NEW YORK — Lawmakers in Congress could soon get a consolation prize from New York State in their fight to get ahold of President Donald Trump’s tax returns.
The state Senate passed a bill Wednesday that would allow the Department of Taxation and Finance to hand over Trump’s state tax returns — or those of any other New Yorker — to any of three congressional committees.
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The 39-21 vote came amid an escalating fight between Democrats in Congress and the Trump administration over the Republican president’s tax returns. The bill’s Democratic supporters argued Empire State lawmakers have a responsibility to help Congress keep the president honest.
“Congress will be allowed to fulfill its lawful oversight responsibilities and provide accountability and transparency to the American people,” state Sen. Brad Hoylman, a Manhattan Democrat who sponsors the bill, said on the Senate floor. “Washington has failed to act on this issue. The administration is stonewalling a co-equal branch of government.”
The vote came two days after U.S. Treasury Secretary Steven Mnuchin shot down the House Ways and Means Committee’s request for Trump’s tax returns from the last six years. Trump has repeatedly resisted calls to release his tax filings, a longtime tradition for presidential candidates.
While New York lawmakers lack jurisdiction over his federal returns, the potential disclosure of Trump’s state returns could be significant because the president owns residences in New York and his private company, the Trump Organization, is headquartered here.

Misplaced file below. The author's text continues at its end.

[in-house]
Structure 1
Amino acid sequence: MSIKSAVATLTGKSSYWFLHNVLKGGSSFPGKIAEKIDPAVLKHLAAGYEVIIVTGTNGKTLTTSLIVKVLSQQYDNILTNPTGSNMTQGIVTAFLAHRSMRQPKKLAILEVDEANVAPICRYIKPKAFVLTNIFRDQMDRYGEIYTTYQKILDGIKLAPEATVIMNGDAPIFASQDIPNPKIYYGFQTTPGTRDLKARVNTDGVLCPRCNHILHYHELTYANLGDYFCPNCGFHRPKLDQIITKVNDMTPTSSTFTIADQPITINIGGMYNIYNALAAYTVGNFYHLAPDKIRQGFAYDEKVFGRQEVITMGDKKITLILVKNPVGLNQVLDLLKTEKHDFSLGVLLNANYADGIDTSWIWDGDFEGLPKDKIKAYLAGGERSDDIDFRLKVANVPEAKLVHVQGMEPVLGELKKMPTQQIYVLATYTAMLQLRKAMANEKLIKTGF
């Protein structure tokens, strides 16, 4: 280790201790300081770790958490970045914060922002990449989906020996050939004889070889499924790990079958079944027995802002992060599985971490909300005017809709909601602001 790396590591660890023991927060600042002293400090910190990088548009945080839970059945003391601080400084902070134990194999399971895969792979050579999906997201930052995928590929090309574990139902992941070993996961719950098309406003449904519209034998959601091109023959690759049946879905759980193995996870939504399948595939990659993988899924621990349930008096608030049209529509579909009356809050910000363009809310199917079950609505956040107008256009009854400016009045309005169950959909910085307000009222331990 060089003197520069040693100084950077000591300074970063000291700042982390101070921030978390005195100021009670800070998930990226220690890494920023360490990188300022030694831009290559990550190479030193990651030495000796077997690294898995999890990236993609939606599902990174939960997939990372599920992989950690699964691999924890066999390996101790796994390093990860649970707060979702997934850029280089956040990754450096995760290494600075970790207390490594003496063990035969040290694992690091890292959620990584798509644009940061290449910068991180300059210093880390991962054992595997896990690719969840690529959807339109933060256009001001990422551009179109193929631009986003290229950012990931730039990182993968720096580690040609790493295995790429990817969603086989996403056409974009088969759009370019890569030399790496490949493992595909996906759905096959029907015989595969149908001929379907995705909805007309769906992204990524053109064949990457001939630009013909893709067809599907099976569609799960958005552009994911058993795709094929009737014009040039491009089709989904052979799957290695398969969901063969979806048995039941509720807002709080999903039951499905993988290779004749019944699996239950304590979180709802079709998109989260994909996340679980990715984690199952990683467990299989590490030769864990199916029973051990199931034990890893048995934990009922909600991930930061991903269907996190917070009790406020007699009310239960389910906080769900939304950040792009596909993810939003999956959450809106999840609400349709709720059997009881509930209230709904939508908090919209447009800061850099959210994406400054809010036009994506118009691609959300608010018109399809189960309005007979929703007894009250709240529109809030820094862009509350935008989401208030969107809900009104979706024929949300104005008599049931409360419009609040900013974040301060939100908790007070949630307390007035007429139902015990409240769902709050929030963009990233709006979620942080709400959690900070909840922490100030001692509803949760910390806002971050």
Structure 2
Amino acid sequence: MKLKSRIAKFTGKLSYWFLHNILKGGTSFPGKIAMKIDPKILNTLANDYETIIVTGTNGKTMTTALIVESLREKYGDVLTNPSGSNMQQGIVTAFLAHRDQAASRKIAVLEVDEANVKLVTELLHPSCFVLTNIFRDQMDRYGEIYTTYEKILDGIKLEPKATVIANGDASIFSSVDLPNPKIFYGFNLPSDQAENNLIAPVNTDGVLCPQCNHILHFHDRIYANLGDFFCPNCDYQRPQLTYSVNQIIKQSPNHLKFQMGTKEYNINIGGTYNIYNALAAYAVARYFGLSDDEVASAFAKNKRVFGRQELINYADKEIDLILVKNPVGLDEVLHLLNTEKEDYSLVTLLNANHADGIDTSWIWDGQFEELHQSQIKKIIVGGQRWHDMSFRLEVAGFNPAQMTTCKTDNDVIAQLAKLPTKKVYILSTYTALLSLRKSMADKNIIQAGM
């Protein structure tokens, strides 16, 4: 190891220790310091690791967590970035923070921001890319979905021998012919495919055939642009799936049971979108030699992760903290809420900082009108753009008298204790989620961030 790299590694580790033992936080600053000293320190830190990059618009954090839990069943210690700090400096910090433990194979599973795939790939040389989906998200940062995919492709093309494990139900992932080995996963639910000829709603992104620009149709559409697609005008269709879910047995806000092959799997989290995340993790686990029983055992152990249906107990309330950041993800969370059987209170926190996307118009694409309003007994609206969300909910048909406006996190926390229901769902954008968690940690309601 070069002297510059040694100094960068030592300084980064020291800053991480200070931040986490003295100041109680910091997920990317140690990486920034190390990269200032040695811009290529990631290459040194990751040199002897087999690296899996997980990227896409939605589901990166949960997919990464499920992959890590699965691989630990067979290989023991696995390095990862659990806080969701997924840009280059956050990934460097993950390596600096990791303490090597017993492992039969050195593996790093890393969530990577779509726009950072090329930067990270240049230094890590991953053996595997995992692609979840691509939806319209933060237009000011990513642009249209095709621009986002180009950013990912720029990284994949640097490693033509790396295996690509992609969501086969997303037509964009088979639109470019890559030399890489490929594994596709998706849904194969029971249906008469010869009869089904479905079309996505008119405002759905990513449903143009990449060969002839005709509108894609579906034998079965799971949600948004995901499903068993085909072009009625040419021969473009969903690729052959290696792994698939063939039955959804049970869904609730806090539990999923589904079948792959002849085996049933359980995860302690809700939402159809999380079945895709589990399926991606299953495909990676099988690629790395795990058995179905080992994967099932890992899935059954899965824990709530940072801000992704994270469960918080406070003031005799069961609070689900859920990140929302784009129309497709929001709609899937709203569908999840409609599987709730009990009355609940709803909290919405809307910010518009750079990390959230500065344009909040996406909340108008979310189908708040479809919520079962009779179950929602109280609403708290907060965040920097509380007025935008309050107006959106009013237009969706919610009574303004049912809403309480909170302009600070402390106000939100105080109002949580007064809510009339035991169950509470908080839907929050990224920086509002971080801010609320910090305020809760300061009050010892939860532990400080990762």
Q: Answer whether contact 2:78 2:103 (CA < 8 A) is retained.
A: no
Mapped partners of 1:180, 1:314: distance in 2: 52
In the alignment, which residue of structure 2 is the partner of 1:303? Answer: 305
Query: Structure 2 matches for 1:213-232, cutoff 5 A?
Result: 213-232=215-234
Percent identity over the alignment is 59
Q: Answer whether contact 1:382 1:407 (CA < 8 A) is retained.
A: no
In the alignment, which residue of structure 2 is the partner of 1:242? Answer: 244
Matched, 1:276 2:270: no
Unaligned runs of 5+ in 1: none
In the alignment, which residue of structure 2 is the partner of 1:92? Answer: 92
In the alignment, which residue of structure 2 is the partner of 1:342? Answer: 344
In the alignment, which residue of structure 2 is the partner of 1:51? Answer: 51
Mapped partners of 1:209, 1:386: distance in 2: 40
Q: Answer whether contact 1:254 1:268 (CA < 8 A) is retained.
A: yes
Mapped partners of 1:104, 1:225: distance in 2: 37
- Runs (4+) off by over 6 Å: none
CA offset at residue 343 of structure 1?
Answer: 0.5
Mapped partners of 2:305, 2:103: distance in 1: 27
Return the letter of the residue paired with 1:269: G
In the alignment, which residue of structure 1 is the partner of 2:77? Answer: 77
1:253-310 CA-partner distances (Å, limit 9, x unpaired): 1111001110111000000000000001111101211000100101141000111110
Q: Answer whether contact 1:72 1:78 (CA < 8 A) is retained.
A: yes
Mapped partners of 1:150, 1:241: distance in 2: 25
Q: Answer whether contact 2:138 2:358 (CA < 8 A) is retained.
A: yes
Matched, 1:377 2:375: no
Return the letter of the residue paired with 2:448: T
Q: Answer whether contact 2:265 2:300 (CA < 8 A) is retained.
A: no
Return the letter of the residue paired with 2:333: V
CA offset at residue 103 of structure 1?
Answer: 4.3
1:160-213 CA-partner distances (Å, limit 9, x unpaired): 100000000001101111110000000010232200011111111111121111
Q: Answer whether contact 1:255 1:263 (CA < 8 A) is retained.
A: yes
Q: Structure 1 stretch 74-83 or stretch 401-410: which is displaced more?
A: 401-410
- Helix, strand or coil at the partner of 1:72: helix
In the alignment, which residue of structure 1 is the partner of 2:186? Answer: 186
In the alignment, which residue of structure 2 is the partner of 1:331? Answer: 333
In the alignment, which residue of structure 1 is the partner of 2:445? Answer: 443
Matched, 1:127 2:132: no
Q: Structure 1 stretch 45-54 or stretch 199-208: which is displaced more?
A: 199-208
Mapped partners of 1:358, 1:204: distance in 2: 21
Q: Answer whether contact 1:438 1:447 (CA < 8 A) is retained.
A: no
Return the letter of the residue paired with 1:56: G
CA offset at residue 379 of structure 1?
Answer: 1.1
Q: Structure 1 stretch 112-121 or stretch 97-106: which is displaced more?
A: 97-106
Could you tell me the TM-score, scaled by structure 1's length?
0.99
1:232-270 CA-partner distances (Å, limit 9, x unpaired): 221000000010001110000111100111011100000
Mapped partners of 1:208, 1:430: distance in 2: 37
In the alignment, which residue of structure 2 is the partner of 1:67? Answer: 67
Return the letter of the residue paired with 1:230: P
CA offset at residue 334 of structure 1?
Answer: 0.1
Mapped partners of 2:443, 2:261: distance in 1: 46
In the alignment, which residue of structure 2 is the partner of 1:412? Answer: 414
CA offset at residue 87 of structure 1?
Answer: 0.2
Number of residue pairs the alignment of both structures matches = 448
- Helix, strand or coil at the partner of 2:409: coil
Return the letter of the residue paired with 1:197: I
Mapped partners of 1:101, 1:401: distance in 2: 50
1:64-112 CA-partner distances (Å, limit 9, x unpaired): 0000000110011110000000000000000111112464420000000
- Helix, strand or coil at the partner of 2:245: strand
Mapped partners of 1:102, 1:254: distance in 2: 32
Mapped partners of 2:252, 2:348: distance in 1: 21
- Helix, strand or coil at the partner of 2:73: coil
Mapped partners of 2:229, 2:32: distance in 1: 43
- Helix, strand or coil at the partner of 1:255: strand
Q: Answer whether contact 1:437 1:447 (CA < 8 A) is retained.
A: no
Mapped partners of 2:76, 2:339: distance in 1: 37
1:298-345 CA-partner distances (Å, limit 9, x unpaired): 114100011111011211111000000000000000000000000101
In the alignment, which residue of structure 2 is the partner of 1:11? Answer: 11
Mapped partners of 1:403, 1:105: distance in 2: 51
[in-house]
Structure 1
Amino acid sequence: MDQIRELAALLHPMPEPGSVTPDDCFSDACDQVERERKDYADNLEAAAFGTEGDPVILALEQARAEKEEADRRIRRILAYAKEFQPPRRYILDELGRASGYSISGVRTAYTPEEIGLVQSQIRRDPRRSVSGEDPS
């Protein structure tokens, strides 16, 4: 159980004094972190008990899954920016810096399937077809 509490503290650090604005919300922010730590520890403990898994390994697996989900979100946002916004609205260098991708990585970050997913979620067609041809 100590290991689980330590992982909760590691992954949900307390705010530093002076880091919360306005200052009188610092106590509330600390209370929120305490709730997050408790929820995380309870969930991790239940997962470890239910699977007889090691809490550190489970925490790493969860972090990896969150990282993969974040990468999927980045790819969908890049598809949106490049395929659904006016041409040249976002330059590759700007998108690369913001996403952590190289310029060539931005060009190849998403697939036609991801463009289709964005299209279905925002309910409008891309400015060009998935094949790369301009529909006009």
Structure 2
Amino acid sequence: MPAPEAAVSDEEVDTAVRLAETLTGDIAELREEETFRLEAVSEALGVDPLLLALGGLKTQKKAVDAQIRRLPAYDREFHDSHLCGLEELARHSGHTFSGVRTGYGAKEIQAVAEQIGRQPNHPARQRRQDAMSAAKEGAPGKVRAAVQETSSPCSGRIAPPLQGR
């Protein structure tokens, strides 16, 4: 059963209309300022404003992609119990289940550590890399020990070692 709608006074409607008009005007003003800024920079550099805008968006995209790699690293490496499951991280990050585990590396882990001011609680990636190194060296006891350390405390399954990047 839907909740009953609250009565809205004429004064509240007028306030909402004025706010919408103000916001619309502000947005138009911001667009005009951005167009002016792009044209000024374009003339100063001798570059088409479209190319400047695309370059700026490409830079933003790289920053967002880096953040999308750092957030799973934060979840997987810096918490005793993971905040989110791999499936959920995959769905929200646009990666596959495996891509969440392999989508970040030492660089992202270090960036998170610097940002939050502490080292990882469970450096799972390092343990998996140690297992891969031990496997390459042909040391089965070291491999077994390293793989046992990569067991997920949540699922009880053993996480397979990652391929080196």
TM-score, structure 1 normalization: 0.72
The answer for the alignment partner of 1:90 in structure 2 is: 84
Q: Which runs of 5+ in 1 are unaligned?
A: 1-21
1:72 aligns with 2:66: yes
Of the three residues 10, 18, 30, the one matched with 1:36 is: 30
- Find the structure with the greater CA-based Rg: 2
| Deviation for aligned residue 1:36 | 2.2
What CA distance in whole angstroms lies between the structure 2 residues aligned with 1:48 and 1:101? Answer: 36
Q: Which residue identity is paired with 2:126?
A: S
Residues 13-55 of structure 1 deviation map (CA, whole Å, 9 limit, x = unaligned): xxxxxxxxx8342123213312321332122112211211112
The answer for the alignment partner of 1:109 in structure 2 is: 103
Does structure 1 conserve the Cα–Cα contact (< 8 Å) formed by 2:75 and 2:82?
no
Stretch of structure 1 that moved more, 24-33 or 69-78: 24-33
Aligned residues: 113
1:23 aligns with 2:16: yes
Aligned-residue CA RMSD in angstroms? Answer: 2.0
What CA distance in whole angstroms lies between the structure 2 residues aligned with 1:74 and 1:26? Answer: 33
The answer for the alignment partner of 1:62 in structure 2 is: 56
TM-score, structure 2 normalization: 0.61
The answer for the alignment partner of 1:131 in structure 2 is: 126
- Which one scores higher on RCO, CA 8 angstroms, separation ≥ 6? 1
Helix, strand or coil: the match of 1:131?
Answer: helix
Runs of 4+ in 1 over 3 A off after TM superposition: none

Hoylman’s bill would allow the Department of Taxation and Finance to share any state tax returns with the House Ways and Means Committee, the Senate Finance Committee or the Joint Committee on Taxation. State tax law currently bars the agency from disclosing returns except in certain circumstances.
The chair of one of those congressional panels would have to submit a written request for any state returns indicating that they need them for a legitimate legislative purpose and that they have sought related federal returns or return information from the U.S. Treasury secretary.
“We’re not talking about a fishing expedition here,” Hoylman said.
The bill still has to make it through the heavily Democratic state Assembly. Gov. Andrew Cuomo has indicated he would support it as long as it also covered state and local officials.
The measure drew some opposition Wednesday from Senate Republicans, who accused Democrats of launching a misguided attack on Trump while neglecting issues such as crime and student loan debt.
Going after the president will “solve crime, that’ll create jobs, that’ll save lives, that’ll pay off student debt — not,” said Sen. Andrew Lanza (R-Staten Island). “It’s really crazy.”
The bill’s passage came after The New York Times revealed some important details of Trump’s finances despite the president’s resistance to releasing his own tax returns. Trump reported more than $1 billion in business losses from 1985 to 1994, the paper reported, citing official tax transcripts from the Internal Revenue Service.